Brachina Creek, Brachina Gorge
2012 Aquatic Ecosystem Condition Report
- Permanent stream comprising pools and flowing water habitats in autumn and spring 2012
- Diverse macroinvertebrate community with two sensitive but commonly occurring mayflies, a rare beetle from the region and several flow-dependent species
- Water was moderately fresh, clear, and low in nutrients but showing signs of enrichment due to the extent of algal and plant growths recorded in spring
- Riparian vegetation consisted of native trees and shrubs
About the location
Brachina Creek rises off the western side of Trezona Range in the Northern Flinders Ranges and flows south-west and then west, where it passes through Brachina Gorge and discharges onto the plains surrounding the eastern side of Lake Torrens. The major land use in the 20,513 hectare catchment, upstream from the site sampled, is nature conservation (99%), with minor areas also used for grazing natural vegetation and transport and communications. The monitoring site was located downstream from ‘Lubra Waters’ on Brachina Gorge Road, about 22 km north from Wilpena.
The creek was given a Good rating because the site sampled showed evidence of relatively minor changes in ecosystem structure and function. There was evidence of possible human disturbance due to some nutrient enrichment effects but the stream provides habitat for several rare, sensitive and flow-dependent species of macroinvertebrates.
A diverse community of at least 37 species of macroinvertebrates was collected from the creek, 3.3-4.5 m wide and up to 11 cm deep, in autumn and spring 2012. The creek consisted of shallow pools connected by large areas of fast-flowing riffles in autumn but it had contracted to less extensive pools connected by small riffles in spring. The community was dominated by caenid mayflies (Tasmanocoenis tillyardi), chironomids (Procladius, Paramerina, Corynoneura, Cricotopus, Chironomus and Polypedilum), mites (Koenikea) and mosquitoes (Aedes) in the pools and blackflies (Simulium ornatipes) and caddisflies (Cheumatopsyche) in the riffles. It also included smaller numbers of flatworms, beetles (Hyphydrus, Allodessus, Sternopriscus, Megaporus, Platynectes , Hydraena and Necterosoma regulare,), mosquitoes (Anopheles), biting midges (Nilobezzia), soldierflies, baetid mayflies (probably Cloeon), waterbugs (Hydrometra, Microvelia species, Agraptocorixa, Micronecta and Anisops), dragonflies (Hemianax, Orthetrum and Hemicordulia) and caddisflies (Hellyethira simplex, Hydroptila calcara, Oecetis and Triplectides australis). The community included a rarely collected beetle (Necterosoma regulare), both of the sensitive but ubiquitous mayflies from the region, a rich range of beetles, waterbugs, caddisflies and chironomids, and several flow-dependent species (e.g. Simulium, Cheumatopsyche and Platynectes). The shallow habitats at the site sampled would not favour snails, yabbies or fish, and probably contributed towards their absence during 2012.
The water was moderately fresh (salinity ranged from 1,021-1,529 mg/L), well oxygenated (73-146% saturation), clear, and with generally only low concentrations of nutrients such as phosphorus (0.03-0.04 mg/L) and nitrogen (0.18-0.28 mg/L).
The sediments were dominated by pebble, cobble, algae and gravel, with smaller amounts of bedrock, boulder, sand, silt and detritus also present; samples taken from below the surface were well-aerated grey gravels and pebbles in autumn but they changed later in the year when the sediments became dominated by anaerobic, sulphidic black silts, indicating that they lacked oxygen when flows reduced in spring. Over 10 m of bank showed evidence of erosion caused by past flood damage during the autumn survey but no significant areas of erosion were noted in spring.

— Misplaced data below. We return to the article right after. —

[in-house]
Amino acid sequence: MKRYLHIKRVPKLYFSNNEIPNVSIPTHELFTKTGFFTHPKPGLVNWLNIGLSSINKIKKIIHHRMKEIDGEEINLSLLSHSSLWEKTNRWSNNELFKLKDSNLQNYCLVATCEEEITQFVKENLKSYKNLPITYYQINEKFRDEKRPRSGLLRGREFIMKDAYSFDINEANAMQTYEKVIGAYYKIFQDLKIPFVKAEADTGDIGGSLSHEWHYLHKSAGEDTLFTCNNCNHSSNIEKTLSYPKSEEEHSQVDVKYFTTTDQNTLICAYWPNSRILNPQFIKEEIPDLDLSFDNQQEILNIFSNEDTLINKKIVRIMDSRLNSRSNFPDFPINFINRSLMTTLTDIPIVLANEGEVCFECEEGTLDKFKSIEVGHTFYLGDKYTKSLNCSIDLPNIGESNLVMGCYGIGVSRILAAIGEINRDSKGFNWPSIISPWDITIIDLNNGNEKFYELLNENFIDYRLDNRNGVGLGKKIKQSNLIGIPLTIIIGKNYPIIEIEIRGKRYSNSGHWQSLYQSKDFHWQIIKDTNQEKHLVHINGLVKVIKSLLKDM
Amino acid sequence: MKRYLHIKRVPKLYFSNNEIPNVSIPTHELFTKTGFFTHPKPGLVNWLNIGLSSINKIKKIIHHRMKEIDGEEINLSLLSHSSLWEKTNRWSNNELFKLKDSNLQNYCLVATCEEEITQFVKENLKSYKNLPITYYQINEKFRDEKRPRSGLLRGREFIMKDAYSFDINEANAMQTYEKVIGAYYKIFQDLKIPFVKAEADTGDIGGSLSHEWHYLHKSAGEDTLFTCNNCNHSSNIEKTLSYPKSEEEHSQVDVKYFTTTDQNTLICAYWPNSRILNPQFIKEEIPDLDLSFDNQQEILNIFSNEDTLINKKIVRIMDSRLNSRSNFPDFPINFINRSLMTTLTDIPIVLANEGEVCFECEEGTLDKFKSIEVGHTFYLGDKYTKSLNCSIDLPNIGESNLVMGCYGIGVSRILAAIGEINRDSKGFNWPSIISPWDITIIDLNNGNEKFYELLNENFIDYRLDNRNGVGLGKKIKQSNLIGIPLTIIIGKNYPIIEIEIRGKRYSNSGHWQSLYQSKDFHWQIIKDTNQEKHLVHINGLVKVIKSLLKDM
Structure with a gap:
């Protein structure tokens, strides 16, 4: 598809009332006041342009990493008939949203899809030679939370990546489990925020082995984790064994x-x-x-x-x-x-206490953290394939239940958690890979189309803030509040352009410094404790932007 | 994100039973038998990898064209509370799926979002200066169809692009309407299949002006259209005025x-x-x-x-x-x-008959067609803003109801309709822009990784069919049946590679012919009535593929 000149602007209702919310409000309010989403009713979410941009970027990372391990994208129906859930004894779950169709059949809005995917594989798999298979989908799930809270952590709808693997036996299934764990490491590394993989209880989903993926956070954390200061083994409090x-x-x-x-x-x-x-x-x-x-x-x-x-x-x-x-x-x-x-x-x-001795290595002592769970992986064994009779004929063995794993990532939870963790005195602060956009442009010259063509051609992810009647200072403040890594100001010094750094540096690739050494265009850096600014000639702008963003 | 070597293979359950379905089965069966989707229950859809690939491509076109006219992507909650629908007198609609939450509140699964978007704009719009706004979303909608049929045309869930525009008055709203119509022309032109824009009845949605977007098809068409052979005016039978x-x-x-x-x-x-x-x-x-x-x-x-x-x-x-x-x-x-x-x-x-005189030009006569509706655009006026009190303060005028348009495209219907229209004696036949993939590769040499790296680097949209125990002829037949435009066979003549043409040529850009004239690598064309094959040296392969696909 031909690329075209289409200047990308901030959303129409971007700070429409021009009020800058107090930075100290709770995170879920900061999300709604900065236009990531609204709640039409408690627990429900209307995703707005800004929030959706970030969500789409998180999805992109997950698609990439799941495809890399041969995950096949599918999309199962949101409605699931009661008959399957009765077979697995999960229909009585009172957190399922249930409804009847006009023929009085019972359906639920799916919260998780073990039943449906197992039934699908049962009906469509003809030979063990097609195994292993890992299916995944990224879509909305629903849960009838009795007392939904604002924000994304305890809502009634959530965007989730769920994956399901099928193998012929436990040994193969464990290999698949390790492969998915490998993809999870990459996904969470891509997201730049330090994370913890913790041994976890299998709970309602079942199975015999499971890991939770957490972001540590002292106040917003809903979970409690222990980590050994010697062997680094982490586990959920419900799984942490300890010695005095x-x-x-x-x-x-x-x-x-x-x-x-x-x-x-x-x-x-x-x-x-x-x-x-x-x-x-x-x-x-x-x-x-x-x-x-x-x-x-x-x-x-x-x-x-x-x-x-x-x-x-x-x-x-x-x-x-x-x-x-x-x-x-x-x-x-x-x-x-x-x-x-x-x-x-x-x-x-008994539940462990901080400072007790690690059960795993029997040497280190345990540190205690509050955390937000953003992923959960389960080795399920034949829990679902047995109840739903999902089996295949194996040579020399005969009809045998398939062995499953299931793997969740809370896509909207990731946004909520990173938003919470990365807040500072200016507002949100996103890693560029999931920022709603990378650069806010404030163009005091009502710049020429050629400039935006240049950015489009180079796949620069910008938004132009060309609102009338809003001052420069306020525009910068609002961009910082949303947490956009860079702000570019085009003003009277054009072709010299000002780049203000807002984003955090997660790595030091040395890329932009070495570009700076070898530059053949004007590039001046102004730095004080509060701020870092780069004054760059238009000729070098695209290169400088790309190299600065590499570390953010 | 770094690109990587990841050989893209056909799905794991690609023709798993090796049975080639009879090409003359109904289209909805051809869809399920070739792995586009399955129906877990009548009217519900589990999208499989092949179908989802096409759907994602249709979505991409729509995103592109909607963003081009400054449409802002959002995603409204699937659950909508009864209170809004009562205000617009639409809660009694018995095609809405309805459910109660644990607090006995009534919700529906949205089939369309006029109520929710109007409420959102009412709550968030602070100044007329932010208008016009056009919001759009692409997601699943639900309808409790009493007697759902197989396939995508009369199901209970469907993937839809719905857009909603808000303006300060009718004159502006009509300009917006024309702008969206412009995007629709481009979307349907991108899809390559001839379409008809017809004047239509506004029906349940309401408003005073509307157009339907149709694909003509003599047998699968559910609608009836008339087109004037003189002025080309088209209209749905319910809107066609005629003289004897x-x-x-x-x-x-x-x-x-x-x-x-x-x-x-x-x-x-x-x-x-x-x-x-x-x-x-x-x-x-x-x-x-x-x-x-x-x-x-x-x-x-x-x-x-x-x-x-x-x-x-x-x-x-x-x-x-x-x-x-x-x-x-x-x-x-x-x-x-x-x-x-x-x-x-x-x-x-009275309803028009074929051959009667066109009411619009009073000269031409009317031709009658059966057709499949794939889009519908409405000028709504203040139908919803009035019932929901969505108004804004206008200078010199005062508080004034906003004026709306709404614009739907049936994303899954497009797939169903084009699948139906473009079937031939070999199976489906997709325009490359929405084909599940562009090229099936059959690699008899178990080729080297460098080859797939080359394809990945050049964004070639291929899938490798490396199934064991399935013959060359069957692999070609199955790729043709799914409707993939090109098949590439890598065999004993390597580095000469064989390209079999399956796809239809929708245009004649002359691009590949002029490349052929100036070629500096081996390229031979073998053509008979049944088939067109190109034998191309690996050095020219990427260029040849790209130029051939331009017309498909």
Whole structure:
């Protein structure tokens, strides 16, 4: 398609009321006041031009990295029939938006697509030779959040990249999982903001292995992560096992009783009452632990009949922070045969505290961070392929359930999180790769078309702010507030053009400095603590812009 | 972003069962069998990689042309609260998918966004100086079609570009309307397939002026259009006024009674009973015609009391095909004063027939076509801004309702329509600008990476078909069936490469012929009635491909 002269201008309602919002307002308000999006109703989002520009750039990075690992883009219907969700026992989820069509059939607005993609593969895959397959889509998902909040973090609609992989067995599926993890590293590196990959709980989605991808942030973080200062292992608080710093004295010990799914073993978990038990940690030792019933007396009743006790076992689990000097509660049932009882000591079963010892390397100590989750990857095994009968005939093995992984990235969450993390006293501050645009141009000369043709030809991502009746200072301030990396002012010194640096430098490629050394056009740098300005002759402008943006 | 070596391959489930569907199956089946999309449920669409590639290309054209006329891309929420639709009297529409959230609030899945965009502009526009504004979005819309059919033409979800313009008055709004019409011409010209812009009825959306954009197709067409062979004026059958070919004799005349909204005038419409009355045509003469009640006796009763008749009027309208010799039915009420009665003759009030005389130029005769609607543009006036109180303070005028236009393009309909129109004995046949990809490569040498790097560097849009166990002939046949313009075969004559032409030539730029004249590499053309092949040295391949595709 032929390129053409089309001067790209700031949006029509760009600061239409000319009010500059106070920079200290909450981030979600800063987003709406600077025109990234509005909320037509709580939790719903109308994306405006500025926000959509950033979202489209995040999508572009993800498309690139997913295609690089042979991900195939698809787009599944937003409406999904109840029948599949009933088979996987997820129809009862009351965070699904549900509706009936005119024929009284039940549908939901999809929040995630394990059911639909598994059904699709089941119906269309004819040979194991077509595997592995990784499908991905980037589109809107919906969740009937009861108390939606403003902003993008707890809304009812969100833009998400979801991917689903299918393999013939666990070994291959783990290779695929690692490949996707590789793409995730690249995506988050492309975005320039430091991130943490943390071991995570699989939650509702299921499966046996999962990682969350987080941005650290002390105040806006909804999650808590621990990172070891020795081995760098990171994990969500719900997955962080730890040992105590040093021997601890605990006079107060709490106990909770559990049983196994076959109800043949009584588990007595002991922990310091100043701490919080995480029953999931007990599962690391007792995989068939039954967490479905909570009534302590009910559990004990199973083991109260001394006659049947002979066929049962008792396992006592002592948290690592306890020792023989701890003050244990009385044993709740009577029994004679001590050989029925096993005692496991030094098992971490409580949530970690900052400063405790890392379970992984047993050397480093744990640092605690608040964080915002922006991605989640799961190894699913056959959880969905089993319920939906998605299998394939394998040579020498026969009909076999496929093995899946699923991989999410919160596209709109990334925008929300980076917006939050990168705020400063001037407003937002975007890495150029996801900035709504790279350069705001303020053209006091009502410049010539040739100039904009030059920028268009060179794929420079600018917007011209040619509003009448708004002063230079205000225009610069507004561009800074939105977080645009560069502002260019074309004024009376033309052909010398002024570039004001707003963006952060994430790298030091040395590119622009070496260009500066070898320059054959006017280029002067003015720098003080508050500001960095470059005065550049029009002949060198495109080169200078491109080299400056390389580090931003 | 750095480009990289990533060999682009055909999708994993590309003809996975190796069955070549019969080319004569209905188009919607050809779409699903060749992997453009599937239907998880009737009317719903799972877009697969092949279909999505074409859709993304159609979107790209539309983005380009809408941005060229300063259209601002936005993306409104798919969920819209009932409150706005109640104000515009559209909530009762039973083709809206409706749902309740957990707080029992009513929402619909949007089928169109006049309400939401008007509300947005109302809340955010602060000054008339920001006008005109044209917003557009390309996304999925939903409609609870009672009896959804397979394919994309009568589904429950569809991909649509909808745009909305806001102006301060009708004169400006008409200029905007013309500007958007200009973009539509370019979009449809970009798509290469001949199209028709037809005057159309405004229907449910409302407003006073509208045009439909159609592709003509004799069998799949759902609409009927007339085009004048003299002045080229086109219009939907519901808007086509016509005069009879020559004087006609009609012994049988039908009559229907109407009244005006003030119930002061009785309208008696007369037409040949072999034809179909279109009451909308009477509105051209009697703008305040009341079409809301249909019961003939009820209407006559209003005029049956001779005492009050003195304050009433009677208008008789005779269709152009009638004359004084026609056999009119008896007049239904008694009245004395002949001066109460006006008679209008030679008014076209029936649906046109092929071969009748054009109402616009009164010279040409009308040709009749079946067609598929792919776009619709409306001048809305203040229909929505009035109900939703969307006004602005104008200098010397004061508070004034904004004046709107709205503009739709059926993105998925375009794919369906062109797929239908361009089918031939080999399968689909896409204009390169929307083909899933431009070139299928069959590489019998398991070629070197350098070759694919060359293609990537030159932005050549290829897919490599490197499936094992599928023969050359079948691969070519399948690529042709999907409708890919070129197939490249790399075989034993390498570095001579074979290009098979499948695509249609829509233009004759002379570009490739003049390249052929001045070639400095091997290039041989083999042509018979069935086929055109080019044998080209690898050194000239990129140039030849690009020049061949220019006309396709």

A small amount of phytoplankton was present during the year (chlorophyll a ranged from 0.5-2.3 Âµg/L) but filamentous algae (Cladophora and Spirogyra) extended over 35% of the site during the spring survey. A similar area was also covered by a submerged aquatic plant (Chara), indicating that both plants and algae were significant nutrient sinks for the creek. The riparian vegetation was dominated by gums and acacias on the moderately well vegetated banks (50-79% vegetative cover). The surrounding vegetation at the site comprised low woodland dominated by White Cypress Pines and acacias.
Special environmental features
Brachina Creek lies within the Flinders Ranges National Parks and supports a diverse range of aquatic species from the region, including several flow-dependent species and some commonly occurring mayflies and caddisflies. It was one of the few sites sampled in 2012 that provided sufficient habitat diversity to sustain flow-dependent species throughout the year. Combined with previous sampling of the site dating back to the mid 1990’s when a similar assemblage of species was recorded, Brachina Creek provides an important refuge for aquatic life in the Flinders Ranges.
Pressures and management responses
|Feral goats, donkeys and rabbits are exerting excessive grazing pressure on vegetation, causing erosion and adding excessive nutrients to the watercourse.||The SA Arid Lands Natural Resources Management Board provides technical advice and incentives for the management of introduced weeds and feral pest animals, as funding permits. Pest management efforts are guided by a region-wide strategy, based on risk assessment, to determine priority locations and species. Funding is actively sought from a number of sources to support region-wide integrated management.|